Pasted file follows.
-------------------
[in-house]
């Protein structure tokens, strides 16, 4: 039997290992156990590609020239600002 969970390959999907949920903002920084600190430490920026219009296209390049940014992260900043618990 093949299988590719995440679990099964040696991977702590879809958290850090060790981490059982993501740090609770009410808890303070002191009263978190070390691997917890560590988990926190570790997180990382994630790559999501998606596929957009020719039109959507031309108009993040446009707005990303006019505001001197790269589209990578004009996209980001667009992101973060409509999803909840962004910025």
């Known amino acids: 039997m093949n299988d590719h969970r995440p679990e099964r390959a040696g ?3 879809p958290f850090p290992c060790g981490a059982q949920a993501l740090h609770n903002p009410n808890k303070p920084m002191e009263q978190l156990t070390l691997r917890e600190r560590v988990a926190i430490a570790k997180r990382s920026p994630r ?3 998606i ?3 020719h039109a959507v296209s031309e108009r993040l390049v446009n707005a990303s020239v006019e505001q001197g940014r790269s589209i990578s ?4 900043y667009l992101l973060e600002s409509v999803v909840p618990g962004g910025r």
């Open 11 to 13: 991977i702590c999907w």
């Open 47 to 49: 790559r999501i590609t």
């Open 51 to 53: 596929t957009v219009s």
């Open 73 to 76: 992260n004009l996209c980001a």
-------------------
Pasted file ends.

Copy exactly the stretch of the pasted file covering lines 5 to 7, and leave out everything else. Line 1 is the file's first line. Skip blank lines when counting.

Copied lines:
């Open 47 to 49: 790559r999501i590609t």
């Open 51 to 53: 596929t957009v219009s």
């Open 73 to 76: 992260n004009l996209c980001a």